COSATU has warned that uncertainty over occupational health safety legislation over Coronavirus might lead to especially private workers at ports of entry not co-operating for fear of contracting the virus.

The federation said unlike public servants, private workers were not covered and are subjected to strict principles of no work no pay.

Spokesman Sizwe Pamla said some workers feared that they could lose out if they contracted the disease when they would have to take time off for medical attention.

Pamla said this was discussed during the federation’s Central Executive Committee workshop after seven cases of Coronavirus was confirmed by the health department on Monday.

The discussions were around how the virus would impact workers in general at their work places.

“Fearing financial hardship, workers might not easily cooperate with the prospect of forgoing wages to receive medical attention which may exacerbate the spread of the virus.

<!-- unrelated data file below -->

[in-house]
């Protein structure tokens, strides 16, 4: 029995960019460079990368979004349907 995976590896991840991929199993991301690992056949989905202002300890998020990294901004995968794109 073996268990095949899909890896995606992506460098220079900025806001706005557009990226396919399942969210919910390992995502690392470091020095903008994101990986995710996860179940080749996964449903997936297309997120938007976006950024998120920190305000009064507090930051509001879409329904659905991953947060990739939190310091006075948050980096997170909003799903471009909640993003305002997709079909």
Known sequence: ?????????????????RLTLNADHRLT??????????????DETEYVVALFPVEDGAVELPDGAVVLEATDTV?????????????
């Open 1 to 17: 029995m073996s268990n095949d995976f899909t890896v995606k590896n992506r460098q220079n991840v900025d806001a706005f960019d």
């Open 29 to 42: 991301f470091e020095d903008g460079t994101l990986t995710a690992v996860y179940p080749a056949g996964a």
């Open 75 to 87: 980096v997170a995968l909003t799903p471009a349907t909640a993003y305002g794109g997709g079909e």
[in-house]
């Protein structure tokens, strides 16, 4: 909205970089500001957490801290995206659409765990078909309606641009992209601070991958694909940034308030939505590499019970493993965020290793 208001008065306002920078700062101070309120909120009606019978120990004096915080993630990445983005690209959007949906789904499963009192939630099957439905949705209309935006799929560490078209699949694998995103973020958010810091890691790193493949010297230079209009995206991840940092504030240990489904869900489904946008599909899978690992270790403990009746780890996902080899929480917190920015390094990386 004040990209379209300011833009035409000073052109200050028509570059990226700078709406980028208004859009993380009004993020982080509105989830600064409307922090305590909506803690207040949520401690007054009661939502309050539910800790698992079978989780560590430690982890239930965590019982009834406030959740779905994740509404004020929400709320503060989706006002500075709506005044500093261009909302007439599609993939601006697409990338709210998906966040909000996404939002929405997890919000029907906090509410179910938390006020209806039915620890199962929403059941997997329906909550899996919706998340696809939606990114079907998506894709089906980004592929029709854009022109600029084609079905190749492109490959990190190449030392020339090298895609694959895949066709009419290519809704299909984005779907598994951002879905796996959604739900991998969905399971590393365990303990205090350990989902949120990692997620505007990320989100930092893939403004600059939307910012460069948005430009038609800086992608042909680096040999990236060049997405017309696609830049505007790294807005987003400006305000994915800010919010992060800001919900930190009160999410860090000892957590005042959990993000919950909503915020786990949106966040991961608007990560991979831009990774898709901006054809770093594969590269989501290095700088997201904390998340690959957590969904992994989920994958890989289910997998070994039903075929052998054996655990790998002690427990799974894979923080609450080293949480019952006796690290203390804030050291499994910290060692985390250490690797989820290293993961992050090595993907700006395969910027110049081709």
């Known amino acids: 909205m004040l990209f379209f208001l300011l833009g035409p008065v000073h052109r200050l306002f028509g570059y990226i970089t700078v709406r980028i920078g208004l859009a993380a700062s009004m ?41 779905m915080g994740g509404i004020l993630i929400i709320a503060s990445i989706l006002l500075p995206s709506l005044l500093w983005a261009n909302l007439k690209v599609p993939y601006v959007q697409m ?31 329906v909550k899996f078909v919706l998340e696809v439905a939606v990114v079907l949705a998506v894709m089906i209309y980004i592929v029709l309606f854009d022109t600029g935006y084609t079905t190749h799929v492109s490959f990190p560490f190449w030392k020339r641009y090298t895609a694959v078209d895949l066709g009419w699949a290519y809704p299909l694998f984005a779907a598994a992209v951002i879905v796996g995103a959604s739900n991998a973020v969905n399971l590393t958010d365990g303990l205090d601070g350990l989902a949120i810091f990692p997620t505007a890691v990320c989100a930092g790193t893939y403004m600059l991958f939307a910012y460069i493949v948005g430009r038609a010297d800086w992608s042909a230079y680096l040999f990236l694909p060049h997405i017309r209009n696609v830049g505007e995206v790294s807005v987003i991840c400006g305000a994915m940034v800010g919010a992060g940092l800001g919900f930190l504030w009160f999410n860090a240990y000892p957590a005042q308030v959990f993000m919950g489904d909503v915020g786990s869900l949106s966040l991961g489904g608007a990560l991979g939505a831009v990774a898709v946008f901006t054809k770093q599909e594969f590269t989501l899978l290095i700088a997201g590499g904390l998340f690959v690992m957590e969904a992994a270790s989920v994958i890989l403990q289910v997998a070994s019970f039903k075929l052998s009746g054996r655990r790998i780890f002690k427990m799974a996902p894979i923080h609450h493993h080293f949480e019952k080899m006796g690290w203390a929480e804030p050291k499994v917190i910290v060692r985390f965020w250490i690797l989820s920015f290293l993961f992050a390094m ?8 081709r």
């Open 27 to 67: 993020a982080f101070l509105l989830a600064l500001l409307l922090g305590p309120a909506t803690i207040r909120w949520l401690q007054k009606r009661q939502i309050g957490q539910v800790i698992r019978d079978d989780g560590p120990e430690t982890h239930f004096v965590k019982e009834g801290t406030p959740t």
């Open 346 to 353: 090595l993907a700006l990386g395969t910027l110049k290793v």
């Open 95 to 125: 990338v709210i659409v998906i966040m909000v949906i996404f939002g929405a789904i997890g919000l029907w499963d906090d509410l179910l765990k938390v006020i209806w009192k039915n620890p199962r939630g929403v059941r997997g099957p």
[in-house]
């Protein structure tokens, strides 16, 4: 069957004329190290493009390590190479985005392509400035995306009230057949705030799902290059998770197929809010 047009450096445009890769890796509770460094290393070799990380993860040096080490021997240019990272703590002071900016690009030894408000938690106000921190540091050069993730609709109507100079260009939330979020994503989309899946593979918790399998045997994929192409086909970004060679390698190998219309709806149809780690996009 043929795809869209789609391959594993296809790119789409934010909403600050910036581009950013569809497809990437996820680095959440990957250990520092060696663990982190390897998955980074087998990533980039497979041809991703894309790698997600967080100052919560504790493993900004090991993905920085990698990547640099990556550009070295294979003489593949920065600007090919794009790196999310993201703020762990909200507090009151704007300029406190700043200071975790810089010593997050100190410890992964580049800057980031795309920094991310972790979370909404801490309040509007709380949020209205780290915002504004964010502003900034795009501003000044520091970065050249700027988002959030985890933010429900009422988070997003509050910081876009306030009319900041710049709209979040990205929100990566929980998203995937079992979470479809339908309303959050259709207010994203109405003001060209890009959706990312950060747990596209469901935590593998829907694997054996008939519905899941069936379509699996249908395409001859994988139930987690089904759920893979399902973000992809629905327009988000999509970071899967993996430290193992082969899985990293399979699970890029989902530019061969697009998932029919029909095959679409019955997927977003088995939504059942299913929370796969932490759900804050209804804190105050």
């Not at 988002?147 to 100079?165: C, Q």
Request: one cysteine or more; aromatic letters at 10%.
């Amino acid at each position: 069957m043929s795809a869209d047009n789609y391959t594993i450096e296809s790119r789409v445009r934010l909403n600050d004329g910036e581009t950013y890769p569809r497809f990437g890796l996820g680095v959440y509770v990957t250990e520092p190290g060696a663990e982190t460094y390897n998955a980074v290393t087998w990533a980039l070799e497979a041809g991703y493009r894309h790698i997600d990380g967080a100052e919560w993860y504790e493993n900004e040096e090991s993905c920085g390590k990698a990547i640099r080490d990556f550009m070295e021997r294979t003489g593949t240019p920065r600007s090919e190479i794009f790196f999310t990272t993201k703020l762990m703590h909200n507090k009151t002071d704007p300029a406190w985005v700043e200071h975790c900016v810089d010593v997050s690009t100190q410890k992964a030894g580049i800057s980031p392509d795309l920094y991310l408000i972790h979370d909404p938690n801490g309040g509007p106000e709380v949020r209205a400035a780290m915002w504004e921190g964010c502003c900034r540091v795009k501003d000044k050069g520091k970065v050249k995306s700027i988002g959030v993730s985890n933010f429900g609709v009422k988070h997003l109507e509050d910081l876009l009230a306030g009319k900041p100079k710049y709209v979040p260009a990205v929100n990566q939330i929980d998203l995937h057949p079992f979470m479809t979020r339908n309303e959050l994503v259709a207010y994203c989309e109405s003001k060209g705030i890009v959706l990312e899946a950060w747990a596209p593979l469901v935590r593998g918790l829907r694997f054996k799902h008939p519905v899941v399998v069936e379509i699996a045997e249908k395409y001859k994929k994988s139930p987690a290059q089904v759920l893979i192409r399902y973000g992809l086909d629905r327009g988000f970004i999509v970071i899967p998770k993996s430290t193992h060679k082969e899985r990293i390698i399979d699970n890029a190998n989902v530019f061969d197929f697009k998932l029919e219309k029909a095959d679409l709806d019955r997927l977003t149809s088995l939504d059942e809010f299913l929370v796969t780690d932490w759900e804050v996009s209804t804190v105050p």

“Workers in the health sector and the various ports of entry are fearful for their health and safety at work and remain uncertain of whether current occupational health and safety legislation cover the COVID-19 virus and what their labour rights are if they were to contract the virus,” Pamla said.

He said the federation was working on developing an awareness programme to focus on educating the workers as this was the best way possible to arm them.

Further, the federation urged all its affiliates to engage shop stewards through social media platforms, branch meetings and workplaces to spread awareness to the workers.

The federation has also called for a NEDLAC meeting at the higher level to discuss the roles of each constituency in stopping the spread of the virus.

“The meeting must resolve on a clear program of action to ensure workers and communities remain healthy and steps are taken to prop our ailing economy in the face of recession and the outbreak of coronavirus,” Pamla said.